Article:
What the Law Says

Federal Laws Pertaining to Sign Language Interpreters

There are numerous state and federal laws that may apply to providing an interpreter. The most commonly known is the 1990 Americans with Disability Act (ADA). It states that public entities (like a medical office, hospital, legal office, counseling office, and much more) are required to provide ‘effective communication’ for their deaf clients.

This also pertains to companies that have deaf employees – you must provide effective communication for staff meetings, company functions, etc.

Section 504 of the Rehabilitation Act of 1973 is a national law that protects qualified individuals from discrimination based on their disability. The nondiscrimination requirements of the law apply to employers and organizations that receive financial assistance from any Federal department or agency, including the U.S. Department of Health and Human Services (DHHS). These organizations and employers include many hospitals, nursing homes, mental health centers and human service programs.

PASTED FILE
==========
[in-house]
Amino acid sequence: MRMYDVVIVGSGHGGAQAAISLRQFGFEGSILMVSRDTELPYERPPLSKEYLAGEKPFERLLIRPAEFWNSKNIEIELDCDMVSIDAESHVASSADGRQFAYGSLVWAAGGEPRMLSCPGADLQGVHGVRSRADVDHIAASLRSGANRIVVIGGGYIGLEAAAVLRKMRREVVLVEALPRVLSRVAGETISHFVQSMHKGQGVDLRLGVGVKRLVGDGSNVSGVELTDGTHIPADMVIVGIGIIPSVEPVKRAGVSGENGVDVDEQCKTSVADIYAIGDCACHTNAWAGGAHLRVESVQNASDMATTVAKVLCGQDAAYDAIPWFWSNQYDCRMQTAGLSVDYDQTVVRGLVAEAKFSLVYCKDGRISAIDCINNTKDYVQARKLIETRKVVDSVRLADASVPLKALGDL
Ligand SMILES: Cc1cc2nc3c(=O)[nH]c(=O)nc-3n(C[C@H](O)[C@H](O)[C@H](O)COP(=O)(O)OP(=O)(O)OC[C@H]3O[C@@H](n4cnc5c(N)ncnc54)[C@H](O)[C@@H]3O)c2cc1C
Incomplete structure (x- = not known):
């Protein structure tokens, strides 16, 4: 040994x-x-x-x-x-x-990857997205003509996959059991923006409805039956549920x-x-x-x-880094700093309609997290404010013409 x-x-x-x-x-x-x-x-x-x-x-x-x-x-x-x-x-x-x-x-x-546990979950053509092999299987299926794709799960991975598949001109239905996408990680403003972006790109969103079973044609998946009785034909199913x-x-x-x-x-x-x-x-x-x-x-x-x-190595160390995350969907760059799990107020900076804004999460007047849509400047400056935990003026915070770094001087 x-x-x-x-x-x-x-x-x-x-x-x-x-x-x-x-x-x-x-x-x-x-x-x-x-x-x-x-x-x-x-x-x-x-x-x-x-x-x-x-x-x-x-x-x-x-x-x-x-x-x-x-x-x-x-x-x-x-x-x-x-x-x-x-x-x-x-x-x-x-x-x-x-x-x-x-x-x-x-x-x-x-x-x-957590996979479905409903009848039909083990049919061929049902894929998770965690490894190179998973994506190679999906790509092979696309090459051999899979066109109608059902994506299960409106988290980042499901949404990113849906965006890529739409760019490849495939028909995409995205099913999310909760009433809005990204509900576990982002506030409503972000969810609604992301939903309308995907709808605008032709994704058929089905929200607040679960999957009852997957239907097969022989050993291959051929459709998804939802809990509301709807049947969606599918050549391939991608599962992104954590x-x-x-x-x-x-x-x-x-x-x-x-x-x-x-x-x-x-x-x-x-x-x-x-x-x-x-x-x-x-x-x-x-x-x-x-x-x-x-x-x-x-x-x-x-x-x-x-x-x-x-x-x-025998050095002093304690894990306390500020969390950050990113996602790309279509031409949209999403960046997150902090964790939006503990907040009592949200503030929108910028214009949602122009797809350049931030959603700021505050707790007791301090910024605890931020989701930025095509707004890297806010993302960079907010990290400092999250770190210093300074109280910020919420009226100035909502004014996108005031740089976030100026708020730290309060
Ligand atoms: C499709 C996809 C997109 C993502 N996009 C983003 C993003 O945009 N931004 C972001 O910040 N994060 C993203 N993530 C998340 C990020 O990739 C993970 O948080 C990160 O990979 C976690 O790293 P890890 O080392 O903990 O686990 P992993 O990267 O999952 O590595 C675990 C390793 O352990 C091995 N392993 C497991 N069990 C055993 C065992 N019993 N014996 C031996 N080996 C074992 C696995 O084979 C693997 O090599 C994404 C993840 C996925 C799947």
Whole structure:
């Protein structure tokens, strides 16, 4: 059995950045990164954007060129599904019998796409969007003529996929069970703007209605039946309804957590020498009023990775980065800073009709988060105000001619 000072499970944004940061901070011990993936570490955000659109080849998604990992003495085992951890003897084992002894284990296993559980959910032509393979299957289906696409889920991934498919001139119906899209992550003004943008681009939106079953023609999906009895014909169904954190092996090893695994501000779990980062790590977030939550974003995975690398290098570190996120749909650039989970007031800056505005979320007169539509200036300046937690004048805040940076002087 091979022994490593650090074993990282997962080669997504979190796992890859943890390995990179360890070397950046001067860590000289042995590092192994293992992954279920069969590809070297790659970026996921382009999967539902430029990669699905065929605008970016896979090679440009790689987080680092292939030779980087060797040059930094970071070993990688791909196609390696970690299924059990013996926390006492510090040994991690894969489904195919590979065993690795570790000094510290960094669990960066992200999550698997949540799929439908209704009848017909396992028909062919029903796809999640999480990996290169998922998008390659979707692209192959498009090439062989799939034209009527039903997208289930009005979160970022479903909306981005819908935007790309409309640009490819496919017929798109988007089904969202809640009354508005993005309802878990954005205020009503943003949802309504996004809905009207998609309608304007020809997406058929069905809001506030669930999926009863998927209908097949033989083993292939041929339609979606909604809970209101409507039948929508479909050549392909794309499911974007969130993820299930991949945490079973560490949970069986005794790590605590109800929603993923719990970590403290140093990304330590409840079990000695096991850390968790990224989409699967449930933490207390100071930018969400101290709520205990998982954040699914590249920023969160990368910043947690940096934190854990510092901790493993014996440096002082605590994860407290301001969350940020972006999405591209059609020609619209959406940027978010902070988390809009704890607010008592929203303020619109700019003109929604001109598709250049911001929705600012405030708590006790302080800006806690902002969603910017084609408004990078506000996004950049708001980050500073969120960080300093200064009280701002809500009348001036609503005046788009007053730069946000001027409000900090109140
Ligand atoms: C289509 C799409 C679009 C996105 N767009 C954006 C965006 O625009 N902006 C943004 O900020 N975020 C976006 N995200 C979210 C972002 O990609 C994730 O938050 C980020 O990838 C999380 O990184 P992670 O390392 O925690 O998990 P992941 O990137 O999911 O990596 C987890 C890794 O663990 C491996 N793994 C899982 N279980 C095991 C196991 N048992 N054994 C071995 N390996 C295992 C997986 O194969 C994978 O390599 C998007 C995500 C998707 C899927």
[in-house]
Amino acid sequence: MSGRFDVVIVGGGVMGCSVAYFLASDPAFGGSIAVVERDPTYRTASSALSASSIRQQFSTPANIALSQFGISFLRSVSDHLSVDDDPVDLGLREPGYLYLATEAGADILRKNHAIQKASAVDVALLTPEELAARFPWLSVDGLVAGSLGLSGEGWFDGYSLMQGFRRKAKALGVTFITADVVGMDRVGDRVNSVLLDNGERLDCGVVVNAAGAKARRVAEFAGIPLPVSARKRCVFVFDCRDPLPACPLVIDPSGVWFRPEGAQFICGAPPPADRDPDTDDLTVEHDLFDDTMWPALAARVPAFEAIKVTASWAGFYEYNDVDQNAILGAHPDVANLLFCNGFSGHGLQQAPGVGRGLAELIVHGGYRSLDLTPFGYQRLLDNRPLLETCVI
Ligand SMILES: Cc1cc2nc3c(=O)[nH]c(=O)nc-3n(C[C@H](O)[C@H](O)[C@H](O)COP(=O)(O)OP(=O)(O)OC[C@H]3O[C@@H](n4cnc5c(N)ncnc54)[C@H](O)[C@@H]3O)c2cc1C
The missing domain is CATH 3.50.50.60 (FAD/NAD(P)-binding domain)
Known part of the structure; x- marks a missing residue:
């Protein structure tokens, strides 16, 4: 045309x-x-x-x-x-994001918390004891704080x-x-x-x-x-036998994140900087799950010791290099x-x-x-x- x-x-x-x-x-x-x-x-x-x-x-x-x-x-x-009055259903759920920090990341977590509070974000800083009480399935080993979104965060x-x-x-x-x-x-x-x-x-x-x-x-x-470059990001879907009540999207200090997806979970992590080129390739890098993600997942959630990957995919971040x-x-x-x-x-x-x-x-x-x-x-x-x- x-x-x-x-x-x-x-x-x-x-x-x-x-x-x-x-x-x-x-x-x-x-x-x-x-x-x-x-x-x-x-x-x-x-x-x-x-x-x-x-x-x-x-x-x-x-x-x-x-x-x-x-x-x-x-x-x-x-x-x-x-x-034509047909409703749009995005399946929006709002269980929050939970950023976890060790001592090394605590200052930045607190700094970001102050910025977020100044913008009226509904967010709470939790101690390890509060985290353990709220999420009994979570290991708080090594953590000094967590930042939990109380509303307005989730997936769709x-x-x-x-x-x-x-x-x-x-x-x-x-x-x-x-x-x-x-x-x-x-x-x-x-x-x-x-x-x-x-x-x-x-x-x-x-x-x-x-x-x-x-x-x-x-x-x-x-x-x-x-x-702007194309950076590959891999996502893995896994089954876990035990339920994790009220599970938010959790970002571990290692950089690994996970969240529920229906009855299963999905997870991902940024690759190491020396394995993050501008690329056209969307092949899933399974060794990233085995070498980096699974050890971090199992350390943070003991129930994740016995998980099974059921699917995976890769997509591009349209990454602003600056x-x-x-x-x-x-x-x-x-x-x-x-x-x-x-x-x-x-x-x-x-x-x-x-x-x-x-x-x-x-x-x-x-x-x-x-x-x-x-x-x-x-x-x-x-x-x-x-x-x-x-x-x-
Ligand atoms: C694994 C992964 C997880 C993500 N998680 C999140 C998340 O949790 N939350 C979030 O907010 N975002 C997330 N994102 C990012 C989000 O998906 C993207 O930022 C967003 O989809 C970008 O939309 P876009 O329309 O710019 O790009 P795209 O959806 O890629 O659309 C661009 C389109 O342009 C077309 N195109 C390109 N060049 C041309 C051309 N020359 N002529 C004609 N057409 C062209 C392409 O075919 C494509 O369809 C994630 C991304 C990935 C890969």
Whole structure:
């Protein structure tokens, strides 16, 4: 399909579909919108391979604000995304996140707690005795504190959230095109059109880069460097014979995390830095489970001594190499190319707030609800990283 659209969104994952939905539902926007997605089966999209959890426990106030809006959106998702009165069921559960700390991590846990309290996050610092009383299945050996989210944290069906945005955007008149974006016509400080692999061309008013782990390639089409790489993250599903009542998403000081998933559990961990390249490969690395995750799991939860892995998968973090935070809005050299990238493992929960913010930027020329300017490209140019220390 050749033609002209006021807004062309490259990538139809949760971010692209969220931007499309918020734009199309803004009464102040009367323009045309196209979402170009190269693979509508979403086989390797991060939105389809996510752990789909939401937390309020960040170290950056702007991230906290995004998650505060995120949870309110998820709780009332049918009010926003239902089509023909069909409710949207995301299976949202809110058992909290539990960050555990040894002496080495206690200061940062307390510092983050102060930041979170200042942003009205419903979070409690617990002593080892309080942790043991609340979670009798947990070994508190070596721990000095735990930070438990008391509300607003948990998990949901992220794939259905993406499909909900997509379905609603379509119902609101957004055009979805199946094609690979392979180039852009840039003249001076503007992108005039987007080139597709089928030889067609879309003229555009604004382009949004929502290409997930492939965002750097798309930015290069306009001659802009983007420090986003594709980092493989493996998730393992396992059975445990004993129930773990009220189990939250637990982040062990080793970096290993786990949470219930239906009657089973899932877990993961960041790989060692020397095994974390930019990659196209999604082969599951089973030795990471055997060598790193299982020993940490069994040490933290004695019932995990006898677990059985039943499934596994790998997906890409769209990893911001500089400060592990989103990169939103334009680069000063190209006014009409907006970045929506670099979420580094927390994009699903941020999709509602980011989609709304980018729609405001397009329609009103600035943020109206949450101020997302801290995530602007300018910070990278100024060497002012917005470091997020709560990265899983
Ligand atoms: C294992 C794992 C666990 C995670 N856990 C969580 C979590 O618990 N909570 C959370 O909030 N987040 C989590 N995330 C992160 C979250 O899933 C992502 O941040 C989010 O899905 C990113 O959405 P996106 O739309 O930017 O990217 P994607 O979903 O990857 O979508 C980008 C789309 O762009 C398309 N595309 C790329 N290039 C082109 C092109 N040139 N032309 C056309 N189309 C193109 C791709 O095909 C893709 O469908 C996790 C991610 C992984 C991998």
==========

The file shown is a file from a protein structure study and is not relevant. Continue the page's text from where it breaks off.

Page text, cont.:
Section 504 forbids organizations and employers from excluding or denying individuals with disabilities an equal opportunity to receive program benefits and services. It defines the rights of individuals with disabilities to participate in, and have access to, program benefits and services.

PLUS… there are a number of anti-discrimination laws and state laws that also apply.

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